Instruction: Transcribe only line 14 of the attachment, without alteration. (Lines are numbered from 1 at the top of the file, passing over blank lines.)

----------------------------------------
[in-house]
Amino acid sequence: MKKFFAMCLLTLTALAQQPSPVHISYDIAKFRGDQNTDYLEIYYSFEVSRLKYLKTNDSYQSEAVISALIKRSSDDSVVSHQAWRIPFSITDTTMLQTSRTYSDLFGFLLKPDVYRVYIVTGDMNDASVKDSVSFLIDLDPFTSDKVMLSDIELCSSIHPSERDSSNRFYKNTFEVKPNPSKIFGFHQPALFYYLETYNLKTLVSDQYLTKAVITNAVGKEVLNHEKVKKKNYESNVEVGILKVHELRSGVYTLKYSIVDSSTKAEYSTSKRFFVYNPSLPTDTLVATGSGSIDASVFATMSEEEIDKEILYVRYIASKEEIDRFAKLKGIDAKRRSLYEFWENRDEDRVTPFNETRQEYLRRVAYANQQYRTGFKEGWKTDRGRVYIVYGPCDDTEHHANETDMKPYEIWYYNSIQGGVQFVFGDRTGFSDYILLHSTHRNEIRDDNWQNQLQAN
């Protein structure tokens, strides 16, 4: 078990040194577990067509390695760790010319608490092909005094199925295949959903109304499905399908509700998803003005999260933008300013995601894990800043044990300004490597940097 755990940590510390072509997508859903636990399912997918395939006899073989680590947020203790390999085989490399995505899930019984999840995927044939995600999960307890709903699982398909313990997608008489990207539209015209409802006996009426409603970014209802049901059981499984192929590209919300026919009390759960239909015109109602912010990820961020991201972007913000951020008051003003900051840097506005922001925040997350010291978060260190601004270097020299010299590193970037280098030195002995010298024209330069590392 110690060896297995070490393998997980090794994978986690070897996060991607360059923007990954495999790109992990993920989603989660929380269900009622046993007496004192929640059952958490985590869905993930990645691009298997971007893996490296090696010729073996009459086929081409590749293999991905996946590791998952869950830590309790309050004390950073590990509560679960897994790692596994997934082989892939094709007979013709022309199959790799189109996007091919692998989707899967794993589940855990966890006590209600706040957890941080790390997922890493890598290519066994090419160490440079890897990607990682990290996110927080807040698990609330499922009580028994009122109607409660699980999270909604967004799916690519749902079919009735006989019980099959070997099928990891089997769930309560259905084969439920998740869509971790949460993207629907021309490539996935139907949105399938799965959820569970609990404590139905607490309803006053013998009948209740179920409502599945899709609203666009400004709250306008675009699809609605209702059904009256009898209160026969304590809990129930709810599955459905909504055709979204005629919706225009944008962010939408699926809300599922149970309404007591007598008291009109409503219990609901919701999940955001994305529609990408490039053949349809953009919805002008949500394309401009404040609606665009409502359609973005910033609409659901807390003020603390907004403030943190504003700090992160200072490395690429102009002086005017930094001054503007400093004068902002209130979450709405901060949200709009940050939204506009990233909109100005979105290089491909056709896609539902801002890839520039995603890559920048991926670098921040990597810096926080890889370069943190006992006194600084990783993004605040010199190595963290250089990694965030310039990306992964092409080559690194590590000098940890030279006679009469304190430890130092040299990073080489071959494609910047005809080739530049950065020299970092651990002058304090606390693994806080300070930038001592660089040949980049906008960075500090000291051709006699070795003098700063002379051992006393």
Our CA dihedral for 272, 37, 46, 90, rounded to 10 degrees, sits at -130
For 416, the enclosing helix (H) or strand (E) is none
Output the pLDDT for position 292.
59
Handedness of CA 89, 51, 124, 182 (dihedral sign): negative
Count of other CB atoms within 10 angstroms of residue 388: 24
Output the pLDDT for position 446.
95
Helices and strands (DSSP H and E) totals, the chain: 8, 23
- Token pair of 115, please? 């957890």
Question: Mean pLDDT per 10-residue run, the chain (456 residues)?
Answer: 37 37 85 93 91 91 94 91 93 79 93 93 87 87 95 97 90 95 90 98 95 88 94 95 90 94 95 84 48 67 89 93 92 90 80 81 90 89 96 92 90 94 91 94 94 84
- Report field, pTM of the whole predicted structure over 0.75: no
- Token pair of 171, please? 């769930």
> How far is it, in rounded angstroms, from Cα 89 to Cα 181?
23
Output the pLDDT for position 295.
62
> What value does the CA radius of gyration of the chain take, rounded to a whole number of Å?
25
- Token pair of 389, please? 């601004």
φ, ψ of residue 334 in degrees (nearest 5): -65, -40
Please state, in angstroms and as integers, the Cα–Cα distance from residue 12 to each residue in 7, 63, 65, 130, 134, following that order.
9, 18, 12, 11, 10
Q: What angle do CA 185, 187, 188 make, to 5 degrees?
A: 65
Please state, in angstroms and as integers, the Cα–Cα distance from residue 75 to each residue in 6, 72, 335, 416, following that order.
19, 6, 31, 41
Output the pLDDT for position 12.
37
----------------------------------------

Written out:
Question: Mean pLDDT per 10-residue run, the chain (456 residues)?